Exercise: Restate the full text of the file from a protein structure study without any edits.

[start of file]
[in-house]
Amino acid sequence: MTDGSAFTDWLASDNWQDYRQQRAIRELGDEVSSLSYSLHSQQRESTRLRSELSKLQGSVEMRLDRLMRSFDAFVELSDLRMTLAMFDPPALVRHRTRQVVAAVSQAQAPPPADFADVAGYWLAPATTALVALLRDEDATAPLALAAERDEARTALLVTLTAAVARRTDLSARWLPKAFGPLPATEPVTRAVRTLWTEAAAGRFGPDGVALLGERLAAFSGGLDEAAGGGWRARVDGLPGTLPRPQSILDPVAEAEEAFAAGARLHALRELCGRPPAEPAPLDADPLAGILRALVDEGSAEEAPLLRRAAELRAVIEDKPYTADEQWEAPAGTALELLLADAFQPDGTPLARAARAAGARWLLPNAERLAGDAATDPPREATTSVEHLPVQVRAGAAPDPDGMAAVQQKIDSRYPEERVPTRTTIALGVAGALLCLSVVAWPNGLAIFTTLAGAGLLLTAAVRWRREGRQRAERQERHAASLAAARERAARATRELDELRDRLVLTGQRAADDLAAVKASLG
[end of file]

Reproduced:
[in-house]
Amino acid sequence: MTDGSAFTDWLASDNWQDYRQQRAIRELGDEVSSLSYSLHSQQRESTRLRSELSKLQGSVEMRLDRLMRSFDAFVELSDLRMTLAMFDPPALVRHRTRQVVAAVSQAQAPPPADFADVAGYWLAPATTALVALLRDEDATAPLALAAERDEARTALLVTLTAAVARRTDLSARWLPKAFGPLPATEPVTRAVRTLWTEAAAGRFGPDGVALLGERLAAFSGGLDEAAGGGWRARVDGLPGTLPRPQSILDPVAEAEEAFAAGARLHALRELCGRPPAEPAPLDADPLAGILRALVDEGSAEEAPLLRRAAELRAVIEDKPYTADEQWEAPAGTALELLLADAFQPDGTPLARAARAAGARWLLPNAERLAGDAATDPPREATTSVEHLPVQVRAGAAPDPDGMAAVQQKIDSRYPEERVPTRTTIALGVAGALLCLSVVAWPNGLAIFTTLAGAGLLLTAAVRWRREGRQRAERQERHAASLAAARERAARATRELDELRDRLVLTGQRAADDLAAVKASLG